Low still ventures into the dark tones of the past, but it all seems more dramatic, more ambitious and persistent.  I’m not dogging on that slow core sound that the band mastered decades ago; I’m just celebrating a band who has found a way to continue thriving, evolving all the while.

Although it contradicts my portrayal of the album as a positive venture, “Majesty/Magic” is one of the most incredible tracks of the year thus far. Try not to get chills:

12. True Widow

“As High As the Highest Heavens and From the Center to the Circumference of the Earth”

[Kemado, 2011]

Don’t worry about slow core dying with Low my friends; others are now carrying the torch.  On first listen, the trio of True Widow may not resemble Low and others of the slow core variety, but upon closer look you’ll find the same wall of ethereal droning as the back-bone of True Widow’s sound.  True Widow refer to themselves as a “stonegaze” band, yet the approach is the same.  Like a slow, dismal march through a storm, “As High As the Highest Heavens and From the Center to the Circumference of the Earth” trounces from track to track at a steady pace, always teetering on the verge of a distorted explosion that never comes. This is what makes this album so great; it works like a Henry Ford era machine, constantly turning and grinding away with Nikki Estill’s angelic voice countering the crunching sludge of Dan Phillip’s guitar work.  The combination is both terrifying and rousing, causing one to feel both depressed and inspired at the same moment.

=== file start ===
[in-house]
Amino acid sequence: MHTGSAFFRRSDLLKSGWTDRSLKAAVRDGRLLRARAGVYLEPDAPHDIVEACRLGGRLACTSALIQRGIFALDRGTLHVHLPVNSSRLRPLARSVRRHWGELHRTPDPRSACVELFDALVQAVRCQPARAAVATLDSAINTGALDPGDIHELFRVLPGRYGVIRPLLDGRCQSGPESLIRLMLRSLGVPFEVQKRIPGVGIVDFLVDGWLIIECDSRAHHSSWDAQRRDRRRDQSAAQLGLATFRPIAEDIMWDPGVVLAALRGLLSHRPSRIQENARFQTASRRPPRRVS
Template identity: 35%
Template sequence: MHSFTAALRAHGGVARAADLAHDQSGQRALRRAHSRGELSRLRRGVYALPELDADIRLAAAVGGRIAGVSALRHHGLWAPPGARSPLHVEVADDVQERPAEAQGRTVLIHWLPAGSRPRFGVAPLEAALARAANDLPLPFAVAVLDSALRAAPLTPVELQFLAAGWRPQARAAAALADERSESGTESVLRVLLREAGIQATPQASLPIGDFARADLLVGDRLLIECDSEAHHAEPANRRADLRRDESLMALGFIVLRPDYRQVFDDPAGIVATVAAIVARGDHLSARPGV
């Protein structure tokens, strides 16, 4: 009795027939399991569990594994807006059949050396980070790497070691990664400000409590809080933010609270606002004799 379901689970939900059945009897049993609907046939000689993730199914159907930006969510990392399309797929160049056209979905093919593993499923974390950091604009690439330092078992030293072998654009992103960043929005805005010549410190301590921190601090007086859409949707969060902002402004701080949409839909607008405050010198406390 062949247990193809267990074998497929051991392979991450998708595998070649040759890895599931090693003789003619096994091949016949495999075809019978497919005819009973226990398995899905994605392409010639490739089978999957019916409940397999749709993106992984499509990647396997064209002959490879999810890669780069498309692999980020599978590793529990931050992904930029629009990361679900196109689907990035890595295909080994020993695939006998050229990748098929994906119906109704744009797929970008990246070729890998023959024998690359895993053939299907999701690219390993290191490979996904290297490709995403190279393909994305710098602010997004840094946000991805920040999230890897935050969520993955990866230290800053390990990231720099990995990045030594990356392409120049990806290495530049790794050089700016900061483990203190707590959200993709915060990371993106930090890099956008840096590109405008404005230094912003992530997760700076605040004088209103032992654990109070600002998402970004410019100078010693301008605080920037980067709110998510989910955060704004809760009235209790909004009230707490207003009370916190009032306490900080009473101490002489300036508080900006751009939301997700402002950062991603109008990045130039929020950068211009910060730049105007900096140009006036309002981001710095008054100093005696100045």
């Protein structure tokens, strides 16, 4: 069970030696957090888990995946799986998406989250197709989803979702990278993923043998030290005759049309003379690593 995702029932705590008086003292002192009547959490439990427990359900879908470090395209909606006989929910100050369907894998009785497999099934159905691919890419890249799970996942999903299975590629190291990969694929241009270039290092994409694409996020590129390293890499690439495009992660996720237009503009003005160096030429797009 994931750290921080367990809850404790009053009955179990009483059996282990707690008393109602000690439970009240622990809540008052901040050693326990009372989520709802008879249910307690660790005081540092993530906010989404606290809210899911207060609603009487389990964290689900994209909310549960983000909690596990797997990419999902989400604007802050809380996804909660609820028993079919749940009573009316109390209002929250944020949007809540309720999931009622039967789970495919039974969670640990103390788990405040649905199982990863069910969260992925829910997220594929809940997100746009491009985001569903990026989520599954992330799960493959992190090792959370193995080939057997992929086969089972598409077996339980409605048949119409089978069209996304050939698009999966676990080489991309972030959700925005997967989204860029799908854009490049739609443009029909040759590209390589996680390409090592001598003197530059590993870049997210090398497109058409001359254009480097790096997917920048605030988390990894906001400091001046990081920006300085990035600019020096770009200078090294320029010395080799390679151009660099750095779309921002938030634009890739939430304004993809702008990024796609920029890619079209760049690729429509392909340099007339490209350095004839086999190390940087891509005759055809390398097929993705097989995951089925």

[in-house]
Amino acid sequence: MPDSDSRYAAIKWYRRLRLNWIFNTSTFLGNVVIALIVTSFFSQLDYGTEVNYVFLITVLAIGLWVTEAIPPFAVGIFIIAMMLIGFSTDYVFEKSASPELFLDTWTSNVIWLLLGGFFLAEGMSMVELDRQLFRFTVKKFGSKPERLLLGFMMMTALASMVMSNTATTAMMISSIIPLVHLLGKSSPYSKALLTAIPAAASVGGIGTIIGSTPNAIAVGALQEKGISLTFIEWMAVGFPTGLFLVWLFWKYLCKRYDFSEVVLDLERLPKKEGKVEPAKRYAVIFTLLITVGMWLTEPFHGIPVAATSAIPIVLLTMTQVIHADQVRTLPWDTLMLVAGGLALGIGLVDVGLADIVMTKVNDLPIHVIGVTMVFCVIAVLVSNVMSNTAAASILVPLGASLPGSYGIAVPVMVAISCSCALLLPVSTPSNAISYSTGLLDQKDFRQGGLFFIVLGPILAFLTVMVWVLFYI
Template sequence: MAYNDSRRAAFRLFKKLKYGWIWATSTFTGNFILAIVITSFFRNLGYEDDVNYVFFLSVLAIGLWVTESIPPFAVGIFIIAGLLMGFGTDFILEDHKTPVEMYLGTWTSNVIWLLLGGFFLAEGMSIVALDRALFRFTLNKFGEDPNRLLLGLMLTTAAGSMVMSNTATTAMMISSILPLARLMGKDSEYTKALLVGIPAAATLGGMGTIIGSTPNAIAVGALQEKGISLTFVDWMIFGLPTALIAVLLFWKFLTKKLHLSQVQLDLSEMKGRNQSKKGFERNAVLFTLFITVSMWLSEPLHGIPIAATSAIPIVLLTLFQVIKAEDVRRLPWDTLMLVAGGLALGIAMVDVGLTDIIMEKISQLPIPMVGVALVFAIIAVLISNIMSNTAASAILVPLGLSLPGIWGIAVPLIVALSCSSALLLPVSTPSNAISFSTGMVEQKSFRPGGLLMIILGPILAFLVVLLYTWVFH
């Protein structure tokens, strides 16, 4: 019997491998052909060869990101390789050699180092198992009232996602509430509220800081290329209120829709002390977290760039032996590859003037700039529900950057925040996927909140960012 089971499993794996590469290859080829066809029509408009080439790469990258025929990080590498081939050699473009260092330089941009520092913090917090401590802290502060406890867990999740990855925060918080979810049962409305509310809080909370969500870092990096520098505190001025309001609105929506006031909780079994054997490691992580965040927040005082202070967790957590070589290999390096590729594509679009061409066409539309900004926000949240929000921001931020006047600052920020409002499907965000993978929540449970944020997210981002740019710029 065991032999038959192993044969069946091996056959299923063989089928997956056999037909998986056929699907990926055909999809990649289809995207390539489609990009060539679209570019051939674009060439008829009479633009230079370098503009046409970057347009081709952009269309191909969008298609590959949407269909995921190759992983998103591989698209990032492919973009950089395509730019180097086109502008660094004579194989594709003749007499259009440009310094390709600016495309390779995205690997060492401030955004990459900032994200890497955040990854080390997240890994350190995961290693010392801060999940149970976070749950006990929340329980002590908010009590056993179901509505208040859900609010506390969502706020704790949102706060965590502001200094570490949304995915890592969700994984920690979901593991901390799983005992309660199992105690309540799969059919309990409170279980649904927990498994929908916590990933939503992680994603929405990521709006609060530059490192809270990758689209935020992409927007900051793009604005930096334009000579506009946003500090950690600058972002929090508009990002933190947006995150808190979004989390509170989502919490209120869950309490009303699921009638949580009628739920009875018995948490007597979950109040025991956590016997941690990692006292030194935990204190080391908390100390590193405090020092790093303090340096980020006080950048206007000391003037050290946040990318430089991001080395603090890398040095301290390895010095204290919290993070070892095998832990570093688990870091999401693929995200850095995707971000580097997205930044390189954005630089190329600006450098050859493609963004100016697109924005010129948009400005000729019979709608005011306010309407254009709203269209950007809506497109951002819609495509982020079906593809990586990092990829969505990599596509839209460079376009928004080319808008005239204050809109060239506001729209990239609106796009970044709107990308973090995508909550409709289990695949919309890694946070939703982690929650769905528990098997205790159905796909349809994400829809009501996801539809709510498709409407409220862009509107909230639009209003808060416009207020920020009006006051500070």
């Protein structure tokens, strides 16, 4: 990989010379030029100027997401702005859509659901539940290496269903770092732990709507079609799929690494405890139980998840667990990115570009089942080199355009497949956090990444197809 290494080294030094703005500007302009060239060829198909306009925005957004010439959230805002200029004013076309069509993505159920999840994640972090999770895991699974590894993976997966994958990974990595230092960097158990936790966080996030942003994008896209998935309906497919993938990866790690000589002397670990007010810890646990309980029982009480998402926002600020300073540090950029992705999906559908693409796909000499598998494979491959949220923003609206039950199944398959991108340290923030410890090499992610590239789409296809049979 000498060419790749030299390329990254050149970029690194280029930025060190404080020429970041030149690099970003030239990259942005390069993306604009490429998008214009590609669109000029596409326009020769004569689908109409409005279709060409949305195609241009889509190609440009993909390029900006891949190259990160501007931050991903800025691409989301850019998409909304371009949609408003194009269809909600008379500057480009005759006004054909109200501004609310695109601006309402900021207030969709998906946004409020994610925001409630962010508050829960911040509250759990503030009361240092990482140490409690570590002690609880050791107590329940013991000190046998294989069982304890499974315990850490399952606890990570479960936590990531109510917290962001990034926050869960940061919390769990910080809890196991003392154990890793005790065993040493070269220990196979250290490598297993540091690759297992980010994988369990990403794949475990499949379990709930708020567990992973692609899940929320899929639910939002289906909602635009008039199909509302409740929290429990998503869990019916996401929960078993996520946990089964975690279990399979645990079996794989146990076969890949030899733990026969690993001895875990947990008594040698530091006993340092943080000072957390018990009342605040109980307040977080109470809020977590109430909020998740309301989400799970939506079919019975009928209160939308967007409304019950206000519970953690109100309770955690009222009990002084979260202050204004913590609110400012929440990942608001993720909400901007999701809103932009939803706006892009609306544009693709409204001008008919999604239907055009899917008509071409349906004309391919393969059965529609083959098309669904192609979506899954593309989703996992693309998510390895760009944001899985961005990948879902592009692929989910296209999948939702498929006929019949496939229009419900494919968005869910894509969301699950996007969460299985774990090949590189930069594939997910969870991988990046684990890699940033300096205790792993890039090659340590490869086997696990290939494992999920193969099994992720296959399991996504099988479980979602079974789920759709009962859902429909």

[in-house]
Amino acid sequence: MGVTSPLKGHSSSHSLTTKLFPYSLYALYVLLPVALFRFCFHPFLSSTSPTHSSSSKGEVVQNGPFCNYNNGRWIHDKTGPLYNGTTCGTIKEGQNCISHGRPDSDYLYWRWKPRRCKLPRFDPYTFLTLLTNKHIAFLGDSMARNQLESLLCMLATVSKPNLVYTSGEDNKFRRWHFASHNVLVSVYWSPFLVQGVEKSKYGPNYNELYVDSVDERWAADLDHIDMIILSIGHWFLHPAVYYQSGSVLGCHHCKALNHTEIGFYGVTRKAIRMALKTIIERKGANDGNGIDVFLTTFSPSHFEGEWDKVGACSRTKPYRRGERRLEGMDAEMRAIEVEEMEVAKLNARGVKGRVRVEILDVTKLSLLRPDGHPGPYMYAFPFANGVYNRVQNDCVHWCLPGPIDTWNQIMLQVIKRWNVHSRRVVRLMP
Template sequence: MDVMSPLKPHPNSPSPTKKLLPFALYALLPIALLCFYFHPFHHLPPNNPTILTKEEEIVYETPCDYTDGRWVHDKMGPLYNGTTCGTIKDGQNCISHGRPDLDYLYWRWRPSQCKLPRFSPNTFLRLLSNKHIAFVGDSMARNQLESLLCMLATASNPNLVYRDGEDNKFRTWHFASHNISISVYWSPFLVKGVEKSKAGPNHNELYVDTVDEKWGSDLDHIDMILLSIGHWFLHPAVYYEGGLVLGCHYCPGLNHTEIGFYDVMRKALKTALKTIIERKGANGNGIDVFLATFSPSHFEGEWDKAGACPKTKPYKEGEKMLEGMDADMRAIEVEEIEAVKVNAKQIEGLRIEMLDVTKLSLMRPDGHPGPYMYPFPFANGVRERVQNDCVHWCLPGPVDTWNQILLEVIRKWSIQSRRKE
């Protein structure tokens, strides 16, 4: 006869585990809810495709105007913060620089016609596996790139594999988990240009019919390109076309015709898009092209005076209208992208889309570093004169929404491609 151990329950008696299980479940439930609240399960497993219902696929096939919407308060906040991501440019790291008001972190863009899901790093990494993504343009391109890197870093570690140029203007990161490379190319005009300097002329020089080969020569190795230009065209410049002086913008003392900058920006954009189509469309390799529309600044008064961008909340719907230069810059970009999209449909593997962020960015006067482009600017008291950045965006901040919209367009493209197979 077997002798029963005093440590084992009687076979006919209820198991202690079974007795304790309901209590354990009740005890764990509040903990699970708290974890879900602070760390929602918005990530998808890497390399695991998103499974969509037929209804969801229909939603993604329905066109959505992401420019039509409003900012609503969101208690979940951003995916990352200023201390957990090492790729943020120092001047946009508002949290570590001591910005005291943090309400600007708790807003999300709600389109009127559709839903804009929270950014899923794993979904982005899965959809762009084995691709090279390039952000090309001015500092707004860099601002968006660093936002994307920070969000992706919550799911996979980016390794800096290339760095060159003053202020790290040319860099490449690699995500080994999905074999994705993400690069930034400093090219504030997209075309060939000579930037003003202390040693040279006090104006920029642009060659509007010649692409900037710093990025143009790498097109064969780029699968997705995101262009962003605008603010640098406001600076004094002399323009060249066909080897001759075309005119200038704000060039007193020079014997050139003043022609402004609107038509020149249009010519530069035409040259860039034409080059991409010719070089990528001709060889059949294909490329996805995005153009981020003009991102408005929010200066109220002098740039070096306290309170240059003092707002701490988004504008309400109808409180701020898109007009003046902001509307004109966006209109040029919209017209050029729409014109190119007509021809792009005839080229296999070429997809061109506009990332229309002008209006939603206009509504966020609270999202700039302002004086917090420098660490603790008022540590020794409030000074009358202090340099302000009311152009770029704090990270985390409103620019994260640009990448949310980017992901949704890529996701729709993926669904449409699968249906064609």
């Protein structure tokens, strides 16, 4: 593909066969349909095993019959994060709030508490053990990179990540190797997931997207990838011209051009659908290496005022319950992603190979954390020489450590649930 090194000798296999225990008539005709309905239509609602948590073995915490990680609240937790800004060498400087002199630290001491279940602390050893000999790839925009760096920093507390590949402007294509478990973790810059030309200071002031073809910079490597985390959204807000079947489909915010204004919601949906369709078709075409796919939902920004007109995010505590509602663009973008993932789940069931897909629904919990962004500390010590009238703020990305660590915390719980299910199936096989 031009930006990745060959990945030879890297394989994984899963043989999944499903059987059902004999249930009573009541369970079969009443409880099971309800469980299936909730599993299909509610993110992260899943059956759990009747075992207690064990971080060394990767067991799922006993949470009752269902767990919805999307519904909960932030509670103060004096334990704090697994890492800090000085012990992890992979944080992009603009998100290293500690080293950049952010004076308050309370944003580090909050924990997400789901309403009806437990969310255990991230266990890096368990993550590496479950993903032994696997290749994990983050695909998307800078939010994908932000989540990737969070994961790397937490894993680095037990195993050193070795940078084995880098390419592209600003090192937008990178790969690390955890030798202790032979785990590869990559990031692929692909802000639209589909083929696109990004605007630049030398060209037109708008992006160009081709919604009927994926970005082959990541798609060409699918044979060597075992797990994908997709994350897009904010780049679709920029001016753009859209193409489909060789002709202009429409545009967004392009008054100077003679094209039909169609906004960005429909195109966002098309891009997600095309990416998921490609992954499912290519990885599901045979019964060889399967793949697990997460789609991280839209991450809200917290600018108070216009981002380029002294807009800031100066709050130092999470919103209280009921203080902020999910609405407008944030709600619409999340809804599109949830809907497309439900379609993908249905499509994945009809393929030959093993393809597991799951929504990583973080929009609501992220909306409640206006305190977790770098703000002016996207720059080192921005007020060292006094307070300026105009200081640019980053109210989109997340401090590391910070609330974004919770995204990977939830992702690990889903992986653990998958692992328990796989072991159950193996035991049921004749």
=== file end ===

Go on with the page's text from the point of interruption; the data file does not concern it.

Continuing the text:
Last year I couldn’t get enough of Quest For Fire’s “Lights From Paradise,” and in 2011 True Widow have continued this obsession with this plodding sound. Maybe I’m just going through a stone-gaze-phase and this album isn’t nearly as incredible as I find it, but I doubt it.

“Skull Eyes”- always on the verge of an eruption that never comes:


11. Colin Stetson

“New History Warfare Vol. 2: Judges”

[Constellation; 2011]